A common thread through many popular spiritual practices is a search for inner peace, happiness, contentment, and a sense of purpose in this world.

The accessibility of these practices and the idea of getting in touch with something beyond material realities, draws people in. But if these pursuits point us toward ourselves as the sources of our own peace, that kind of inward focus isn’t healthy or biblical.

Take the growing popularity of yoga, for example. It has become a common westernized spirituality practice that focuses on individual wellness and a mind-body connection. According to the Canadian market research company Leger, 35 per cent of Canadians between the ages of 18 and 34 practise yoga.

The original roots of yoga come from Hinduism, a reason why many Christians took issue with it when it began rising in popularity in North America. But this practice has evolved over the years, becoming more widely accepted by many Christians as a tool for exercise, meditation, and mental calm.

With meditation comes the idea of mindfulness, a popular term that originates in Buddhism. Mindfulness is a practice of deliberately focusing our attention on the present. The idea is to become more self aware and tune in to what is tangible in the present moment. Mindfulness can be rooted in Scripture and focused on connecting with God. Romans 12:2 says, “Do not be conformed to this world, but be transformed by the renewal of your mind, that by testing you may discern what is the will of God, what is good and acceptable and perfect.”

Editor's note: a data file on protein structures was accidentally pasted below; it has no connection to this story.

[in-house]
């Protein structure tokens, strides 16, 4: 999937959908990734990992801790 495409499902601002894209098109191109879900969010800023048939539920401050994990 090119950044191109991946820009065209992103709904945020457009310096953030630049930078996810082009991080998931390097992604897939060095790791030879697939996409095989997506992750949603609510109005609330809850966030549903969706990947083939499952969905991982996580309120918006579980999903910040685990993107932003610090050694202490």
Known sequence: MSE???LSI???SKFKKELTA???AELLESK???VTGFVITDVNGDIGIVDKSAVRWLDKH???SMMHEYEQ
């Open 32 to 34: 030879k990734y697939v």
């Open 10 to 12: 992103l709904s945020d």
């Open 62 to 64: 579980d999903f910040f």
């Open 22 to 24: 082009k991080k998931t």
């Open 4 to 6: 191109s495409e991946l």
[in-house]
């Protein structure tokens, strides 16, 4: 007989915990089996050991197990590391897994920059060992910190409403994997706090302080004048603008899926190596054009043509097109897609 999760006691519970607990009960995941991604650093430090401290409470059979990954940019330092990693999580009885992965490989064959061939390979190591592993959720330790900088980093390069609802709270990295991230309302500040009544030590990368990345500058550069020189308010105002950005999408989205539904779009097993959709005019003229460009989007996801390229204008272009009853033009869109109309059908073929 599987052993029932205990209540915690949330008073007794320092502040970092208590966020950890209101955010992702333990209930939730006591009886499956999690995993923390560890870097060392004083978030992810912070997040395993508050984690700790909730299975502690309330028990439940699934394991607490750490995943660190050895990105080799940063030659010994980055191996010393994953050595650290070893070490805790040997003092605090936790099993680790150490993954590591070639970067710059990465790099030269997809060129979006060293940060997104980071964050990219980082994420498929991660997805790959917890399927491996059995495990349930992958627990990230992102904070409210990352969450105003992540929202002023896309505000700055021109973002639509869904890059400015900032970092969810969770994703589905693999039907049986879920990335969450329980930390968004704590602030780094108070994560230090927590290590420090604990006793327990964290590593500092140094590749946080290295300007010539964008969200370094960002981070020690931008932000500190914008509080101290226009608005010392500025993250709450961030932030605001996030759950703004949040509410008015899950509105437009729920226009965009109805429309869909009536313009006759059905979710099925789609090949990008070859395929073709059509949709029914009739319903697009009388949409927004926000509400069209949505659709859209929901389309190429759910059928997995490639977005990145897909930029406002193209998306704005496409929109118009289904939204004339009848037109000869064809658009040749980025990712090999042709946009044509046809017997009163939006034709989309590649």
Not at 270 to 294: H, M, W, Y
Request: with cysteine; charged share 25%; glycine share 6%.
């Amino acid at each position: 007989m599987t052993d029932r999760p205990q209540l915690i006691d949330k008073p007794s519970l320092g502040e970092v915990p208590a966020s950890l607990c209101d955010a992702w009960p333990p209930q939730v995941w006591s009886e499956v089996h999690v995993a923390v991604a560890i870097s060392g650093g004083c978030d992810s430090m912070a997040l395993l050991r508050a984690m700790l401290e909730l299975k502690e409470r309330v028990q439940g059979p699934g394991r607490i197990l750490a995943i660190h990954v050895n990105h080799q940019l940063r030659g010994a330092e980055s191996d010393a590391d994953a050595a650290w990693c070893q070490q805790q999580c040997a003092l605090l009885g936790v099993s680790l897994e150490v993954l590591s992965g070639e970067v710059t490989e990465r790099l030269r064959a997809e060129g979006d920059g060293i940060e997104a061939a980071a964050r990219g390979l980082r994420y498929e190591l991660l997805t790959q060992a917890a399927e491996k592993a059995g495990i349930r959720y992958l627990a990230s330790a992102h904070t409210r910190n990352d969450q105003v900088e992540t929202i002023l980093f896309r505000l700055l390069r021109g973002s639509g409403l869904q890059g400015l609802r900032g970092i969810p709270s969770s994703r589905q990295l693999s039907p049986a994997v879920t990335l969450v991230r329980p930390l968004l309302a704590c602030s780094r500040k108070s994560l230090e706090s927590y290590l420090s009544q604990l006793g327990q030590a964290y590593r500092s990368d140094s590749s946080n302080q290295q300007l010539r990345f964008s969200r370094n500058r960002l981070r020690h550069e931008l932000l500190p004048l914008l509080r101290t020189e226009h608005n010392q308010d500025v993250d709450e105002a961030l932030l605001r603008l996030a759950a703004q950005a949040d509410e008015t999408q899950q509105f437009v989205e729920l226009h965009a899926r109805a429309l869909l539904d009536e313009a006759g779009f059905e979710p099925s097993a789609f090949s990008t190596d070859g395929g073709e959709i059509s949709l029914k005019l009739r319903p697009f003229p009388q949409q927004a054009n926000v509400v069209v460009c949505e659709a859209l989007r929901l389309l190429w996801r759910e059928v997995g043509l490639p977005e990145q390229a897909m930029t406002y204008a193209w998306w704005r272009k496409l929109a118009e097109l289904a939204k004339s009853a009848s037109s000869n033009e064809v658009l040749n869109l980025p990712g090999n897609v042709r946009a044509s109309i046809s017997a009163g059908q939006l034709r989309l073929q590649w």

But like anything, mindfulness can be misused. An article about mindfulness on the Focus on the Family website talks about the valid scepticism some Christians feel, saying it encourages escapism or an unhealthy degree of self-focus. The Bible affirms that it is not through ourselves or what we do that we can come to God. The gospel comes from God, not from us.

“Whatever intuitions and spiritual principles we drag up from the basements of our hearts, however practical, will lead only to ruin,” Michael Horton writes in a Christianity Today article “Why we need Jesus.” If spirituality comes from our hearts apart from God, it becomes distorted, selfish, and tempts “us to grasp the divine on our own accord.”

For those who are “spiritually uncertain” or “spiritual but not religious,” Christianity may look like a bunch of rules tied to an organized institution that limits freedom of expression. Yet this perspective misses what it really means to be a follower of Christ. God is a personal God. Bending low, sending His only son, God incarnate, to live on Earth, die, and be resurrected in order that we might have a personal relationship with Him for eternity.

In the same interview where Jenner talks about how she finds happiness, she says, “I was given this life for some reason. […] Within me wanting to achieve me tuning into my higher goddess, that also entails me being a great version of myself for other people.”

The Christian tradition affirms that there’s some truth to this. We do have a purpose and a reason for being where we are. We are made in the image of God with inherent worth as human beings, and we are meant to be with Him and live out good for others.

Yet tuning into our own definitions of a higher self will never bring us true fulfillment and happiness, neither will it heal our brokenness.

Our souls are not meant to be worshipped but to worship. Our inner gods or goddesses will never deliver. We don’t have what it takes within us to become whole, no matter how deep we may look within ourselves. We need Jesus to be whole. We can surrender our brokenness, admitting that we cannot fix ourselves, and allow Him to restore and rebuild us for His glory, where more of Christ is revealed, not more of us.